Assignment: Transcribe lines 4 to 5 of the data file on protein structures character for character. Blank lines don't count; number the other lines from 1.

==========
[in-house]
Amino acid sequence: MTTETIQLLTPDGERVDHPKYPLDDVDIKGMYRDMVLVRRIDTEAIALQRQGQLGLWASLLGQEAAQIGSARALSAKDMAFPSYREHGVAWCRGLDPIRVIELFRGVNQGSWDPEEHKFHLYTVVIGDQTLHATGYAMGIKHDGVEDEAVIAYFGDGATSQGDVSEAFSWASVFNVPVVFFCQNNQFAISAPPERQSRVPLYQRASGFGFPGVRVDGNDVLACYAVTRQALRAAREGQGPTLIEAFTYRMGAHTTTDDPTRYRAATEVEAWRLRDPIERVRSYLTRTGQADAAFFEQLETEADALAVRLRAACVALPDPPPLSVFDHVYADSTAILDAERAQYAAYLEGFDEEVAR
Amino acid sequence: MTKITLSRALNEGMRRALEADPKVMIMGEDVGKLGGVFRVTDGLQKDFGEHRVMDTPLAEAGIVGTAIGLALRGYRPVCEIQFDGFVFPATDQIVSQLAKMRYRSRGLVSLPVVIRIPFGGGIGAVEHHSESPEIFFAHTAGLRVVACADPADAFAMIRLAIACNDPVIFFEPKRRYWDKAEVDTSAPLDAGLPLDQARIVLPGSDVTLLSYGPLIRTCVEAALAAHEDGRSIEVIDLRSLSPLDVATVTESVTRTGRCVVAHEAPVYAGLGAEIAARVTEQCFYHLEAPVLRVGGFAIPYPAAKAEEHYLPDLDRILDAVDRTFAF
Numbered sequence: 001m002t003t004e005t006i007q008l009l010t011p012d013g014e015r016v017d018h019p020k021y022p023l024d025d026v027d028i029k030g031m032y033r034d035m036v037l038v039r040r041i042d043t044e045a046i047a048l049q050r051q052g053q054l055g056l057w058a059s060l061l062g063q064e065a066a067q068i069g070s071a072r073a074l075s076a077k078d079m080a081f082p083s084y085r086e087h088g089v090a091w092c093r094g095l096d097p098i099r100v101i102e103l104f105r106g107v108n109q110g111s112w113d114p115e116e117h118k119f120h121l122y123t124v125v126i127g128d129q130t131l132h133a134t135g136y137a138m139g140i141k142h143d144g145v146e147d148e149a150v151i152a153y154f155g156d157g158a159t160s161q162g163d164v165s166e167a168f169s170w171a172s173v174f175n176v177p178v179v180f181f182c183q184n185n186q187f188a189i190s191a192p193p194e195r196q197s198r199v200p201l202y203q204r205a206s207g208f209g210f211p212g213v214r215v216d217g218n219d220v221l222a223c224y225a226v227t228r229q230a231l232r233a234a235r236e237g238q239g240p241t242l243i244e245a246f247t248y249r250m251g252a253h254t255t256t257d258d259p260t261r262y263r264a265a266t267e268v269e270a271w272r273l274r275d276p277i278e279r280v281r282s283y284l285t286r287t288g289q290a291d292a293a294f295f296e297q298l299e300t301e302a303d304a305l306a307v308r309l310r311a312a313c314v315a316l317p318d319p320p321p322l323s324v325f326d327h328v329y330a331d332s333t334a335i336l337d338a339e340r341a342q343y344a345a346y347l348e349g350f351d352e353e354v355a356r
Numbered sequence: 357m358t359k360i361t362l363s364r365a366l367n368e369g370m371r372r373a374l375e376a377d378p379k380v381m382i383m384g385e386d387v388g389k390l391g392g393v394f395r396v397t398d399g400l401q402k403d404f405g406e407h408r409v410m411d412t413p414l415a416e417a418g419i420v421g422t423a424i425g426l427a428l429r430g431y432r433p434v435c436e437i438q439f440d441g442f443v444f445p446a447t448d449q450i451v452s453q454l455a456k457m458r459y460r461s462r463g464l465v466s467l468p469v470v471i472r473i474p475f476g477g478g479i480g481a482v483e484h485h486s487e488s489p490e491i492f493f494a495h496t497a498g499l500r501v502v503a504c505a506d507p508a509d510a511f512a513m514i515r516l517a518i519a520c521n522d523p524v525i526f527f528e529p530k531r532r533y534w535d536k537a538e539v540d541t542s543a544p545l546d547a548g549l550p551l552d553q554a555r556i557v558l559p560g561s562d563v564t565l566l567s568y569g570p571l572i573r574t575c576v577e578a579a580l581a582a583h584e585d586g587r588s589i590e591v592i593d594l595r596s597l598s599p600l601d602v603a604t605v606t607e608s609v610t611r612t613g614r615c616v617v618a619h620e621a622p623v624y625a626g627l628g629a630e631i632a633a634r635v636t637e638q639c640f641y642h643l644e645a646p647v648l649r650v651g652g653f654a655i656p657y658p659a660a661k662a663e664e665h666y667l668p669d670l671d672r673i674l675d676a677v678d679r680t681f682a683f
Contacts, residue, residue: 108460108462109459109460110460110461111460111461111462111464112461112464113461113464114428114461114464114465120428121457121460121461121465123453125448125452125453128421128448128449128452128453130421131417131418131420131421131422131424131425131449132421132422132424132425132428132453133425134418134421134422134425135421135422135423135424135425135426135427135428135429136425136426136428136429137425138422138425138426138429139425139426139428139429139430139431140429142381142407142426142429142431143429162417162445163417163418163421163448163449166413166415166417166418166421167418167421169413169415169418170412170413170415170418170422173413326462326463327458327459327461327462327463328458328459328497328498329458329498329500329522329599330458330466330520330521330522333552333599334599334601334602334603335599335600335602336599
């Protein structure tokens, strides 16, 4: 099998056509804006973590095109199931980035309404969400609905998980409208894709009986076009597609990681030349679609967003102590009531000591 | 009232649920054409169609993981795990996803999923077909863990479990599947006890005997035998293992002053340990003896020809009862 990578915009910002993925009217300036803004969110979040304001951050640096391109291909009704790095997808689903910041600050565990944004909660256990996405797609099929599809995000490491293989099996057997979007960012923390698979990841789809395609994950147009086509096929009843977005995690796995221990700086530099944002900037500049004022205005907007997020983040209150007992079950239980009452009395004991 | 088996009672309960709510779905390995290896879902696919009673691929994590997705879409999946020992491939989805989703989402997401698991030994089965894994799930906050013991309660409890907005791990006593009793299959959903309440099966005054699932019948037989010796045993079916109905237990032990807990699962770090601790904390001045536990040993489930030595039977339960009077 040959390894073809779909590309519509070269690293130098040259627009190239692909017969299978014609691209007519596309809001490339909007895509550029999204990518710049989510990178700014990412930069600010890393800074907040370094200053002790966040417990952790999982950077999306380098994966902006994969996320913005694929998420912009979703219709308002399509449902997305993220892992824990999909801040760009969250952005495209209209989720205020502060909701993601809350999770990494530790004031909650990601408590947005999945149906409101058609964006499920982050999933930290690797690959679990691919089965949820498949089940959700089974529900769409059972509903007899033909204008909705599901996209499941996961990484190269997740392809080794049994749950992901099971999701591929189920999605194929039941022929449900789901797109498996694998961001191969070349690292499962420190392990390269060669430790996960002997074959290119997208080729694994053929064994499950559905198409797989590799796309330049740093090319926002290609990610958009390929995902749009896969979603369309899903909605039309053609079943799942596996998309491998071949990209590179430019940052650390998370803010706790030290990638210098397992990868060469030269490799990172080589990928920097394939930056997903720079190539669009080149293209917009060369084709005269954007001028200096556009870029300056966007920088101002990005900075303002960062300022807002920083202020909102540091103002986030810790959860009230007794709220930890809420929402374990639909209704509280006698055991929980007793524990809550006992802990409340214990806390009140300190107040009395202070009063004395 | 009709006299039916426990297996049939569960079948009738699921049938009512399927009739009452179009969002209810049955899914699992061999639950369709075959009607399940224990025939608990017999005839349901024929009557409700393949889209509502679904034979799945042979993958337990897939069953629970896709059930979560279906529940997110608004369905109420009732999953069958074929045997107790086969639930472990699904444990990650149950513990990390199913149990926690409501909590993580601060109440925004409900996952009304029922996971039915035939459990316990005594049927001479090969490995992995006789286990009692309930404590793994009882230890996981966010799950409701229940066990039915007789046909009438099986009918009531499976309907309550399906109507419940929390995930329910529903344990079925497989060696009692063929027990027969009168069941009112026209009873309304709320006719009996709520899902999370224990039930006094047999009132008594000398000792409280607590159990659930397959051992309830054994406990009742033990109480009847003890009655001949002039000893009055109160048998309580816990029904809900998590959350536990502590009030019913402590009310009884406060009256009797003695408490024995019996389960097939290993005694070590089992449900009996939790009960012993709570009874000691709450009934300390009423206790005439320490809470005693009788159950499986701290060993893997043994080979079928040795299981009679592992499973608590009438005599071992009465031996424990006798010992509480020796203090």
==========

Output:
Numbered sequence: 001m002t003t004e005t006i007q008l009l010t011p012d013g014e015r016v017d018h019p020k021y022p023l024d025d026v027d028i029k030g031m032y033r034d035m036v037l038v039r040r041i042d043t044e045a046i047a048l049q050r051q052g053q054l055g056l057w058a059s060l061l062g063q064e065a066a067q068i069g070s071a072r073a074l075s076a077k078d079m080a081f082p083s084y085r086e087h088g089v090a091w092c093r094g095l096d097p098i099r100v101i102e103l104f105r106g107v108n109q110g111s112w113d114p115e116e117h118k119f120h121l122y123t124v125v126i127g128d129q130t131l132h133a134t135g136y137a138m139g140i141k142h143d144g145v146e147d148e149a150v151i152a153y154f155g156d157g158a159t160s161q162g163d164v165s166e167a168f169s170w171a172s173v174f175n176v177p178v179v180f181f182c183q184n185n186q187f188a189i190s191a192p193p194e195r196q197s198r199v200p201l202y203q204r205a206s207g208f209g210f211p212g213v214r215v216d217g218n219d220v221l222a223c224y225a226v227t228r229q230a231l232r233a234a235r236e237g238q239g240p241t242l243i244e245a246f247t248y249r250m251g252a253h254t255t256t257d258d259p260t261r262y263r264a265a266t267e268v269e270a271w272r273l274r275d276p277i278e279r280v281r282s283y284l285t286r287t288g289q290a291d292a293a294f295f296e297q298l299e300t301e302a303d304a305l306a307v308r309l310r311a312a313c314v315a316l317p318d319p320p321p322l323s324v325f326d327h328v329y330a331d332s333t334a335i336l337d338a339e340r341a342q343y344a345a346y347l348e349g350f351d352e353e354v355a356r
Numbered sequence: 357m358t359k360i361t362l363s364r365a366l367n368e369g370m371r372r373a374l375e376a377d378p379k380v381m382i383m384g385e386d387v388g389k390l391g392g393v394f395r396v397t398d399g400l401q402k403d404f405g406e407h408r409v410m411d412t413p414l415a416e417a418g419i420v421g422t423a424i425g426l427a428l429r430g431y432r433p434v435c436e437i438q439f440d441g442f443v444f445p446a447t448d449q450i451v452s453q454l455a456k457m458r459y460r461s462r463g464l465v466s467l468p469v470v471i472r473i474p475f476g477g478g479i480g481a482v483e484h485h486s487e488s489p490e491i492f493f494a495h496t497a498g499l500r501v502v503a504c505a506d507p508a509d510a511f512a513m514i515r516l517a518i519a520c521n522d523p524v525i526f527f528e529p530k531r532r533y534w535d536k537a538e539v540d541t542s543a544p545l546d547a548g549l550p551l552d553q554a555r556i557v558l559p560g561s562d563v564t565l566l567s568y569g570p571l572i573r574t575c576v577e578a579a580l581a582a583h584e585d586g587r588s589i590e591v592i593d594l595r596s597l598s599p600l601d602v603a604t605v606t607e608s609v610t611r612t613g614r615c616v617v618a619h620e621a622p623v624y625a626g627l628g629a630e631i632a633a634r635v636t637e638q639c640f641y642h643l644e645a646p647v648l649r650v651g652g653f654a655i656p657y658p659a660a661k662a663e664e665h666y667l668p669d670l671d672r673i674l675d676a677v678d679r680t681f682a683f